Calder v. Bull
United States Supreme Court
3 U.S. 386 (1798)
The Court of Probate for Harford (probate court) invalidated the will of Normand Morrison, and, as a result, certain property vested in the Calders (plaintiffs). The Connecticut legislature then passed a law that set aside the decision of the probate court and granted a new hearing. The probate court approved the will on rehearing, divesting the property to the Bulls (defendants). The Calders appealed on the grounds that the new law was an ex post facto law and thus unconstitutional. The superior court and the Supreme Court of Connecticut ruled against the Calders, affirming the probate court. The United States Supreme Court granted certiorari.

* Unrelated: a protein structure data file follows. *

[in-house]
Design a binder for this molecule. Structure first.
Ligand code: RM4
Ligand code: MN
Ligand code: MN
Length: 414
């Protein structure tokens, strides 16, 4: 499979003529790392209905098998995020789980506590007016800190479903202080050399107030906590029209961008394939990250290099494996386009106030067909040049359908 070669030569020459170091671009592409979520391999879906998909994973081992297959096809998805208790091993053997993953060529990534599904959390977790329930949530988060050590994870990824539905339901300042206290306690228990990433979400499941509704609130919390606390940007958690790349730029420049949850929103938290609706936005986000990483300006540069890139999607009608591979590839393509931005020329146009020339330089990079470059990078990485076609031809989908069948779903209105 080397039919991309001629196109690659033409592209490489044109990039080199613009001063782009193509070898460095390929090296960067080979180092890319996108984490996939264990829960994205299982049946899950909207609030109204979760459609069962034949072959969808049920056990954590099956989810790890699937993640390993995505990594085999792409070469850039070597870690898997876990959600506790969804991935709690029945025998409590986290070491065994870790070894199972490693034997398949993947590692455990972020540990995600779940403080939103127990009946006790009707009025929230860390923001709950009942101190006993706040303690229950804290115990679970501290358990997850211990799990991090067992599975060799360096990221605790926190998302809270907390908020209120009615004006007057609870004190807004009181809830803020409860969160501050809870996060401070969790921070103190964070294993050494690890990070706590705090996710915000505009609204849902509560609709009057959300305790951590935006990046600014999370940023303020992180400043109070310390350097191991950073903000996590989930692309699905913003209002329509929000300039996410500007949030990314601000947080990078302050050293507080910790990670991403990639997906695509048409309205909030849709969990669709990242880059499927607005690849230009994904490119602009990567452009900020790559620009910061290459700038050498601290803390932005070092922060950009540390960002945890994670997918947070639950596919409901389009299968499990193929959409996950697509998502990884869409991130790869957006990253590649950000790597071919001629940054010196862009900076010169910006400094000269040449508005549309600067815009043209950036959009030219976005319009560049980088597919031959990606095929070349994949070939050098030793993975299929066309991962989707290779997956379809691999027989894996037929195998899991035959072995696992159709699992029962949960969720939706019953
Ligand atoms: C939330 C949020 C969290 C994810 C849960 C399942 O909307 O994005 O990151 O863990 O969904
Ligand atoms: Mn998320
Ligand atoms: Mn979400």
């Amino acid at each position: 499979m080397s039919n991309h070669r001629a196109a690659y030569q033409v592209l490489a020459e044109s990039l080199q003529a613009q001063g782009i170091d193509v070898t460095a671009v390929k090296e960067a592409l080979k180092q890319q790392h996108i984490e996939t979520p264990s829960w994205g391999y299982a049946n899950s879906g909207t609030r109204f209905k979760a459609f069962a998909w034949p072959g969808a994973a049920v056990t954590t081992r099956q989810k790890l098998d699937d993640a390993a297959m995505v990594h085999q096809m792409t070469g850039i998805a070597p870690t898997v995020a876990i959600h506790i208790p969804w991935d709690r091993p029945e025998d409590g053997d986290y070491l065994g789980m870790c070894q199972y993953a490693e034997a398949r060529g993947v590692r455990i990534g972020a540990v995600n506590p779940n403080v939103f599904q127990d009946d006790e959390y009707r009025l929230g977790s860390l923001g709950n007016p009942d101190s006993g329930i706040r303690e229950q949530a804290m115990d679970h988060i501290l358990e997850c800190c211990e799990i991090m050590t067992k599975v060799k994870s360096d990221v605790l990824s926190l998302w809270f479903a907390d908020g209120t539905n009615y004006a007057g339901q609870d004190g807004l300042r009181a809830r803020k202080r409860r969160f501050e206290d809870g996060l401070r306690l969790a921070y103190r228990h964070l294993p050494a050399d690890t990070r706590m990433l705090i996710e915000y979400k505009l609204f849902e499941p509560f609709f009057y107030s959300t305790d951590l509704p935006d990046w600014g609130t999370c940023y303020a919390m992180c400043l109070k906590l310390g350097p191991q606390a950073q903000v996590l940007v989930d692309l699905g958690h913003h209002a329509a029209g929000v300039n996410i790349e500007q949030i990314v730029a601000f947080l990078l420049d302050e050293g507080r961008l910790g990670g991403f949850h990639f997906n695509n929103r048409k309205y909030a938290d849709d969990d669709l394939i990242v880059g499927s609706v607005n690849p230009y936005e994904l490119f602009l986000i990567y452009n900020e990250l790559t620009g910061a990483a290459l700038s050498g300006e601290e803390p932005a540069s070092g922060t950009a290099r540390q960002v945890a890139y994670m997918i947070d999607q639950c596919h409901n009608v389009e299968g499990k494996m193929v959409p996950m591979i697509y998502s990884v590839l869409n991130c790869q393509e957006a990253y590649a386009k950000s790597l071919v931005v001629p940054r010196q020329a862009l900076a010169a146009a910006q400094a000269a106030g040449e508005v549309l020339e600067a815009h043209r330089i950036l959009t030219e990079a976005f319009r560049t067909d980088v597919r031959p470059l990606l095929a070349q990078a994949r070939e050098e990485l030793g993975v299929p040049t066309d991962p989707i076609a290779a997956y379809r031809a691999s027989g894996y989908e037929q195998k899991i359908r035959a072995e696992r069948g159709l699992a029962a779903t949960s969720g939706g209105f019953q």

Rule of Law
Holding and Reasoning (Chase, J.)
Concurrence (Patterson, J.)
Concurrence (Iredell, J.)
Concurrence (Cushing, J.)
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